Thursday, December 24, 2020

Charles Addams and Harry Bliss: Fanning the Flames

In the cover for this year’s Cartoon Issue, Harry Bliss pays homage to Charles Addams, whose macabre work routinely appeared in The New Yorker, and whose most famous creation, the Addams Family, has spurred countless adaptations.
Françoise Mouly

And how exactly does one pay homage to Charles Addams? The inspiration for cover artist Harry Bliss is actually a particular Addams cartoon published in The New Yorker on December 27, 1952, that year's Christmas issue.
"The little dears! They still believe in Santa Claus."
Charles Addams
The New Yorker, December 27, 1952, page 23

You might recognize some or all of the characters here, but in the years before the 1964 "Addams Family" TV series they were as yet unnamed. Addams's mastery is everywhere in evidence. The primary light source is the fireplace which indicates the main action while the secondary light source behind the sliding doors illuminates the speaker—let's call him Gomez—and two others (no names, please) who are observing the action from a distance. Addams's two-point perspective creates a formidable three dimensional architectural space incorporating many macabre elements. If one were to look at the drawing alone, the atmosphere would be striking but the actions of the children—let's call them Pugsley and Wednesday—might not have a clear purpose. The caption would then serve to totally confound one's expectations. If, on the other hand, one could somehow ignore the drawing and instead read the benign-sounding caption first, it then would be the drawing that would totally subvert the meaning of the words. Either way, it's a treat even sixty-eight years later to see all the workings of a cartoon come together so flawlessly.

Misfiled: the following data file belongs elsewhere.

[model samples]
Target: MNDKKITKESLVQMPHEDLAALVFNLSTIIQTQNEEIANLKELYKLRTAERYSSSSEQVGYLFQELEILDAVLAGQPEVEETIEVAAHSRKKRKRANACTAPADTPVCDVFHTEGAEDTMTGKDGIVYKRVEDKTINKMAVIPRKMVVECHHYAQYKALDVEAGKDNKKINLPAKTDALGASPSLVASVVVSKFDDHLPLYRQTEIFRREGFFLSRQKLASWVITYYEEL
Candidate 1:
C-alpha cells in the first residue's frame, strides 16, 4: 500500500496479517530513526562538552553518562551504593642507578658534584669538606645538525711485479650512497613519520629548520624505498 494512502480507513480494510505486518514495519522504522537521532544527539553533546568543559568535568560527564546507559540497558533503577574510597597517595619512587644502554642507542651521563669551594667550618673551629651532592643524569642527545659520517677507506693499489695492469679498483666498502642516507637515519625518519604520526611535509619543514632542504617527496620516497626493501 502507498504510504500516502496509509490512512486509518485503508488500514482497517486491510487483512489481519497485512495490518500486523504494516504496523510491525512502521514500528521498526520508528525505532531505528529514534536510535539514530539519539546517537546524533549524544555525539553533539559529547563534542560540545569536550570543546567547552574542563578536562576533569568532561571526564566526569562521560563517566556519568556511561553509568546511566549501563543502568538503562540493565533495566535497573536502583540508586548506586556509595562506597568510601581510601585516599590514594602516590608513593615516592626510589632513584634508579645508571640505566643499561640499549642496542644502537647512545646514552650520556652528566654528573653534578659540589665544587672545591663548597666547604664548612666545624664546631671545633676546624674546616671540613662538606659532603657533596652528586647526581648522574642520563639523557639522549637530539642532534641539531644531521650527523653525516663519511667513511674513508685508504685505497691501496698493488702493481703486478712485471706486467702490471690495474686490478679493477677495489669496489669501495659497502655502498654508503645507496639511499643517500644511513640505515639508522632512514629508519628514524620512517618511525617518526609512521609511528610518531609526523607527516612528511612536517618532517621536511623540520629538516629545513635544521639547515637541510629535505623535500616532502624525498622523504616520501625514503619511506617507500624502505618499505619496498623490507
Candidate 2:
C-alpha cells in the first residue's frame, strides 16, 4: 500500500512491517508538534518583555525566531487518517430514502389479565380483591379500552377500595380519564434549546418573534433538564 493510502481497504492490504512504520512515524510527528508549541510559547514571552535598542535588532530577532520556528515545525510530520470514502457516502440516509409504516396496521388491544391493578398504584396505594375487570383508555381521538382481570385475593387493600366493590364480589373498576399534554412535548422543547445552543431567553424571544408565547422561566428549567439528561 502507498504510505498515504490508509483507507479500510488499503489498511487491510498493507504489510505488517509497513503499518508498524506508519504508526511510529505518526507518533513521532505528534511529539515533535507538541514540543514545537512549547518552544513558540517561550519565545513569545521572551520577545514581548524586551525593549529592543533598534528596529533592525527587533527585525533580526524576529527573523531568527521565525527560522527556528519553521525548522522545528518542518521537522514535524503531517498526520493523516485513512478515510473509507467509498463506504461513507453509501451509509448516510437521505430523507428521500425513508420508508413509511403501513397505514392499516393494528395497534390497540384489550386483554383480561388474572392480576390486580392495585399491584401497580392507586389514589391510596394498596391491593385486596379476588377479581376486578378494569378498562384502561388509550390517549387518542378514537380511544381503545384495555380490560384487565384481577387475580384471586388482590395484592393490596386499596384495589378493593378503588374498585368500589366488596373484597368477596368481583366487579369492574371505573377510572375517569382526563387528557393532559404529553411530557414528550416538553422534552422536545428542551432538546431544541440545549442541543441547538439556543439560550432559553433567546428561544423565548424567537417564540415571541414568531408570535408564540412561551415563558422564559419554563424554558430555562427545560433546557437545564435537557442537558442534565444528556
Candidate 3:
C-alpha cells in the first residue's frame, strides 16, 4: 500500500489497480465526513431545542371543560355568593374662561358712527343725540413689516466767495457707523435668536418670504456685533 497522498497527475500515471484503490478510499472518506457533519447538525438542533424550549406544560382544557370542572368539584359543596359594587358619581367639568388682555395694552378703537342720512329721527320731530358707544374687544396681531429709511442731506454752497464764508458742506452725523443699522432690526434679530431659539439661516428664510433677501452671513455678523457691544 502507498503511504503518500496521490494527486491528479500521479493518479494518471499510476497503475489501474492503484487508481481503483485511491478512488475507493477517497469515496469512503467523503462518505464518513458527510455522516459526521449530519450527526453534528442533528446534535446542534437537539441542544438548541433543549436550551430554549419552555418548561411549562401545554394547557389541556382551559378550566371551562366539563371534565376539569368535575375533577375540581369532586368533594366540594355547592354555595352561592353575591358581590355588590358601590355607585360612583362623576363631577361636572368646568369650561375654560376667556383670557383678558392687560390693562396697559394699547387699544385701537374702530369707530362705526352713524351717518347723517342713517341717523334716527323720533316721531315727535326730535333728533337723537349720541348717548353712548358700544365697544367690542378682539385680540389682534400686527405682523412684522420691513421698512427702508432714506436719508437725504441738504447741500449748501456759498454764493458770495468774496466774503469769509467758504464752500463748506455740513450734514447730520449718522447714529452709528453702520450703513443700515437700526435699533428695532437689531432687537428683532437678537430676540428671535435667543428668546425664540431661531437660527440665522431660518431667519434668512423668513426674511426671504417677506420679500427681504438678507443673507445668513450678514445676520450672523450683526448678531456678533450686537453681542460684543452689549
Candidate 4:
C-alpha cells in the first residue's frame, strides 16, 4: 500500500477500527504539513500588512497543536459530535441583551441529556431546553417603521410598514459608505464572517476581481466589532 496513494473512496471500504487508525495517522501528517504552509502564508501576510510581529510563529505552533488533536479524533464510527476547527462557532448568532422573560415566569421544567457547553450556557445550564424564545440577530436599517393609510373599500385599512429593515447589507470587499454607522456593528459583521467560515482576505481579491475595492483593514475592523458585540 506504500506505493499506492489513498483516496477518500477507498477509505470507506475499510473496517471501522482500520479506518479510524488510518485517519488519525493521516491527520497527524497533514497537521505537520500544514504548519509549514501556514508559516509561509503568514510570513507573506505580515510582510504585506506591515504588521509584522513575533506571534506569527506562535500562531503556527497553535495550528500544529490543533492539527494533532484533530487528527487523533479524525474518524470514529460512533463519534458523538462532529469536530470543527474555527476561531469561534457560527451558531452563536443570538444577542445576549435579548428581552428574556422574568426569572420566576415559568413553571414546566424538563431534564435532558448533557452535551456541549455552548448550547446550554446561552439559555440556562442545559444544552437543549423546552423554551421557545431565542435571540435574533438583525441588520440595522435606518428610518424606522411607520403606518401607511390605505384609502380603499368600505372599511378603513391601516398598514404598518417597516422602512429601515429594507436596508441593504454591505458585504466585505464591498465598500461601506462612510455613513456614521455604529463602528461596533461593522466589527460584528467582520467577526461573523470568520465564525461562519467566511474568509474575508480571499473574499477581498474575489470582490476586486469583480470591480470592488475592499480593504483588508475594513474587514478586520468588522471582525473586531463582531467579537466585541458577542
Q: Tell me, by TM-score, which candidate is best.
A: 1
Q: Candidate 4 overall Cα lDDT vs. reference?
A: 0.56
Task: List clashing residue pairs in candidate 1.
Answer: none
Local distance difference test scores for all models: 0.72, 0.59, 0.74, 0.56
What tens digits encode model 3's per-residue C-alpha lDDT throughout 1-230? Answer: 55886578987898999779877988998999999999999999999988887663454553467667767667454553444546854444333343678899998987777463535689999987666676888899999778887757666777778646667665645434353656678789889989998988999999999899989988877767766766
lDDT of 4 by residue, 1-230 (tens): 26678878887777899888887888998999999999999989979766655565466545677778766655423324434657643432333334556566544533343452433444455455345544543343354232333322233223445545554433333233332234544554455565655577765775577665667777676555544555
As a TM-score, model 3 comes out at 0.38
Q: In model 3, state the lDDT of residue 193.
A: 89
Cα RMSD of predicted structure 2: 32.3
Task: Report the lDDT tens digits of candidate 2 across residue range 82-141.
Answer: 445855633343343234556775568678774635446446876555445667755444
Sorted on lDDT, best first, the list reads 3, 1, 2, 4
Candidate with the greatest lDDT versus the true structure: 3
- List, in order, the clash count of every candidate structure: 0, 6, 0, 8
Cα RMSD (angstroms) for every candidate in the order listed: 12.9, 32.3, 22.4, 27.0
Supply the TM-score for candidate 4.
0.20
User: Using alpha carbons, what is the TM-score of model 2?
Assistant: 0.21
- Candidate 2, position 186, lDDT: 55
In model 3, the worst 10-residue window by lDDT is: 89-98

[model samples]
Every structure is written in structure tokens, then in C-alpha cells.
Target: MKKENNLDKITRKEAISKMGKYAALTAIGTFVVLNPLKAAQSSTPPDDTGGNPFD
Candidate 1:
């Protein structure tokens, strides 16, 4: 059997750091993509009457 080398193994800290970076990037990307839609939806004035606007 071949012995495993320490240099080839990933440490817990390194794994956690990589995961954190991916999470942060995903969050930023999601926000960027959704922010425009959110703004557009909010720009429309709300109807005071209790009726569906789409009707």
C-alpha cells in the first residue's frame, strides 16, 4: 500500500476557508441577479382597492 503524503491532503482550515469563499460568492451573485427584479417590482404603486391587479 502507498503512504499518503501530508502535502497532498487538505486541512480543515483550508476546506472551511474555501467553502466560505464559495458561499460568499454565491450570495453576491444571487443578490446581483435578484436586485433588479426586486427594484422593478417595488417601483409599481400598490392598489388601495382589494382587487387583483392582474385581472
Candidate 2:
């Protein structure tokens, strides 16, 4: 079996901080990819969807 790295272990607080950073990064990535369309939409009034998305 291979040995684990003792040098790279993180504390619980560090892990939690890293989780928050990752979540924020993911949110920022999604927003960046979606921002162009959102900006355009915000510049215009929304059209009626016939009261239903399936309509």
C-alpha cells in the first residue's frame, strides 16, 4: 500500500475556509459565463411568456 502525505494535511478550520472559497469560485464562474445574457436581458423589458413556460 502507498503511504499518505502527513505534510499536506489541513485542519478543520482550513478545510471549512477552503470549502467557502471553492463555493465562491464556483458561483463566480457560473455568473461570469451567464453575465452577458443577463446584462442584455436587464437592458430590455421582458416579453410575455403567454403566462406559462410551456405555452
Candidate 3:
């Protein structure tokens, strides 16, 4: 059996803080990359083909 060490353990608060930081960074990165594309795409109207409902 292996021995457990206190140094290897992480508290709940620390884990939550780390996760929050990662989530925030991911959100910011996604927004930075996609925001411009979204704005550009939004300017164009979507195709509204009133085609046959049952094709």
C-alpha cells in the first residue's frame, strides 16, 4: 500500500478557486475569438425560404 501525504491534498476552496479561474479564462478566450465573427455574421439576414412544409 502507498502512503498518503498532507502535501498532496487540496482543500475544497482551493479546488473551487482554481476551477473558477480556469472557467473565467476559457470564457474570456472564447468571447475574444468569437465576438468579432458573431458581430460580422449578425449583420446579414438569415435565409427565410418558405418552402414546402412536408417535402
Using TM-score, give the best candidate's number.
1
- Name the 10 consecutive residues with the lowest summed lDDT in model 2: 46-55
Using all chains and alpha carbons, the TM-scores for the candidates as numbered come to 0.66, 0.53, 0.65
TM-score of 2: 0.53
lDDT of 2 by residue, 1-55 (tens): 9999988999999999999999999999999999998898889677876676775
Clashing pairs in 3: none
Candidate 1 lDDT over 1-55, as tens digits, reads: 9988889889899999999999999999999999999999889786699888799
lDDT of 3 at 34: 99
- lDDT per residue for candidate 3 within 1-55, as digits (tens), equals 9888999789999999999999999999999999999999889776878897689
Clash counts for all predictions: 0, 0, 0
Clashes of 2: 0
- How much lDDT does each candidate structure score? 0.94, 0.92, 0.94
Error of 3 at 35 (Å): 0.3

Harry Bliss's cover illustration for this week's issue of The New Yorker is meant to mark both Christmas as well as the New Year. It is also meant to comment on this unique moment in our political history and in the pandemic. It seeks to do all this with a design based on the Addams Family cartoon of December 27, 1952.

Harry Bliss
The New Yorker, December 28, 2020

So, the central satirical idea here, Donald Trump burning his old tax returns with the assistance of his servile, perspiring lawyer Rudy Giuliani, seems almost trivial in relation to the omnipresent political peril in Washington during this most irregular transition. The secondary theme, that of an elderly 2020 being replaced by an infant 2021 in a mask, and which gives this cover the title "In with the New," refers simultaneously to the New Year, to the transition, and to the pandemic. The political figures and the New Year figures don't seem to belong together in that room. Perhaps that garish hanging COVID-19 light fixture is supposed to be a unifying element here. (Compare it with the fine gothic lamp Addams furnished.) There's more, including QAnon conspirators and more rodents than you typically see on a New Yorker cover. In short, there are too many things going on here and while they are in some way interrelated, it's a lot to take in at once and, for me at least, there's no synergy.

And we've seen some of it before. This is the fourth cover published by The New Yorker this year to feature Donald Trump, the tenth to include at least one face mask, the second with a large image of the coronavirus, and the second in a row with a lit fireplace. For what it's worth, it is the first cover with QAnon.

"Greetings, Friends! [1952]" by Frank Sullivan, cartoon by Charles Addams

Note:  This Halloween, I posted Joel Jacobus's Charles Addams scrapbook, which included a clipping of the fireplace cartoon. I wonder whether Harry Bliss might have stolen a glimpse at this blog around then. Of course, there are many other places he could have come across the cartoon—in Homebodies (1954), for example—but still I do wonder whether I've had some ever-so-slight sway over the content of a New Yorker cover.

Scrapbook image

This Addams cartoon has been quite influential over the years, it seems. The blog Long Forgotten argues quite plausibly that the drawing influenced the design of the ballroom in Disney's Haunted Mansion attraction. Check it out here.


No comments:

Post a Comment